The purpose of this page is to provide a brief overview of non-photorealistic rendering or NPR, with one example that enhances the quality of a photograph by adding artistic effects.
NPR and its predecessor, photorealism, are briefly introduced below. For more information on these terms, please follow the hyperlinks given in the section titles below. The linked resources contain extensive documentation on both topics.
To understand NPR, briefly consider its predecessor movement - opposite movement, if you will - called photorealism. Photorealism was popular in 1960-1970. Photorealists transferred images from photographs to canvas, using mechanical or other means to maximize fidelity to the original image. But the new version of the image was rendered in traditional media such as oil on canvas, often many times larger than the original.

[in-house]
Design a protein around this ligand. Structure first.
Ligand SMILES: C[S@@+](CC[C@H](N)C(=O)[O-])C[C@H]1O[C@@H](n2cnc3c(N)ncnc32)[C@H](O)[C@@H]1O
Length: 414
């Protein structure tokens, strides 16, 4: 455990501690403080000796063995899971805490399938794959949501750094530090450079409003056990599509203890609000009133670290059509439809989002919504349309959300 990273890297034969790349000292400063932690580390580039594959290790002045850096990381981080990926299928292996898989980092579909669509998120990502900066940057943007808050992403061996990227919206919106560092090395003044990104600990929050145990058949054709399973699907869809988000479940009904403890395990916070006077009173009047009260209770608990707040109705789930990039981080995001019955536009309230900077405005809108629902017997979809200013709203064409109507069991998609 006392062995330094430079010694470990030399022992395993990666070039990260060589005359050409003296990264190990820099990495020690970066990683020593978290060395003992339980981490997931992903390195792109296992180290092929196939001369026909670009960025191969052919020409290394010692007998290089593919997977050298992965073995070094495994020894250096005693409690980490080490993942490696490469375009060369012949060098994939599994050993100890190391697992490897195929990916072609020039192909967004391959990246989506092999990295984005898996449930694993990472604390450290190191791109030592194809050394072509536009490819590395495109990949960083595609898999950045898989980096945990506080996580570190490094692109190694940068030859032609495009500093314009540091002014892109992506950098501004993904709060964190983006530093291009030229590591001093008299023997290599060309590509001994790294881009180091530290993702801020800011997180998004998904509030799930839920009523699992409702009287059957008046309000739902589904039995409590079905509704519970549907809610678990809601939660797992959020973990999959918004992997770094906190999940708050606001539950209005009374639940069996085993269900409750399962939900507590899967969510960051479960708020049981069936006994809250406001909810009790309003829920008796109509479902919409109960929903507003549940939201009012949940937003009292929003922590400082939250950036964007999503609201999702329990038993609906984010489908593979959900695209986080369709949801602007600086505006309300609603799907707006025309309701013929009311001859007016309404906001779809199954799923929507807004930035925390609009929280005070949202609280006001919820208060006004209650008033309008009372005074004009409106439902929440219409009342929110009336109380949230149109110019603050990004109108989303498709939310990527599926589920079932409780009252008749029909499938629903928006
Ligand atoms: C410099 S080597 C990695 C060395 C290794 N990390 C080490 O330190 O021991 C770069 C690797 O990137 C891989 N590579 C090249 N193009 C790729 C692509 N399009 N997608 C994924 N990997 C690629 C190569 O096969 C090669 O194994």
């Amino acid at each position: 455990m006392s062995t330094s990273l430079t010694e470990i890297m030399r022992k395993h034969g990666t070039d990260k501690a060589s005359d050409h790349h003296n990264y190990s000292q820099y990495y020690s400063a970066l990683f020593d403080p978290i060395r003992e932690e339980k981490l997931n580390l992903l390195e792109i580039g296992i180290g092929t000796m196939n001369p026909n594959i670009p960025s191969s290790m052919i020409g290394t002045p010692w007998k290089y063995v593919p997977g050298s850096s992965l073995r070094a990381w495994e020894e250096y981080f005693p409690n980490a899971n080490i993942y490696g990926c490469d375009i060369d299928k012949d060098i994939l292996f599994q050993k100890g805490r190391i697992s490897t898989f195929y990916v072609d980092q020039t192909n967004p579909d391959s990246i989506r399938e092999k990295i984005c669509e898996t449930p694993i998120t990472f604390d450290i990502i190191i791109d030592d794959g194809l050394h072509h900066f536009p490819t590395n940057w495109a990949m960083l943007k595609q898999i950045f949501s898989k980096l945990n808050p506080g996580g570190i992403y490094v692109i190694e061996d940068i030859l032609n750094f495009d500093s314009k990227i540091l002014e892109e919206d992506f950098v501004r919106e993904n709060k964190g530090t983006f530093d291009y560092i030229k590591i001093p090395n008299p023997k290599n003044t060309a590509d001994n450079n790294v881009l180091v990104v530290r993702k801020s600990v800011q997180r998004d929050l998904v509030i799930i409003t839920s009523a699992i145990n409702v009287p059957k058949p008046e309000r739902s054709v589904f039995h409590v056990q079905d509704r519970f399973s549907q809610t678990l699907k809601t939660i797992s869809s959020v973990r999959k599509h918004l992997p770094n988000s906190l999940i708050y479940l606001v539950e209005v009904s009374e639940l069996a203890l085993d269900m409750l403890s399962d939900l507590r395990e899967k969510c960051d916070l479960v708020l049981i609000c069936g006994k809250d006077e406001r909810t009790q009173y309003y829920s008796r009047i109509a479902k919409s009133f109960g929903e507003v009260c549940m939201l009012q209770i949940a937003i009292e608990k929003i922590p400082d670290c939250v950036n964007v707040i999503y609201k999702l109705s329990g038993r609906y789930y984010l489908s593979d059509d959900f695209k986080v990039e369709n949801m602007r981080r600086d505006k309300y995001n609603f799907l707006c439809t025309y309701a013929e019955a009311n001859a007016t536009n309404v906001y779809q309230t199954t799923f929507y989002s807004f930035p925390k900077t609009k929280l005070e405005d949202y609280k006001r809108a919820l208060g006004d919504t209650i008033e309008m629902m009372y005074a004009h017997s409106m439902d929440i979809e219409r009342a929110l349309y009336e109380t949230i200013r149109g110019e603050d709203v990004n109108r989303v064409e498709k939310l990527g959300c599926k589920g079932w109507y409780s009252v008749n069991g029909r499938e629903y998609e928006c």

Today, the discipline of computer graphics employs an extensive set of photorealistic, and as we shall see, non-photorealistic techniques.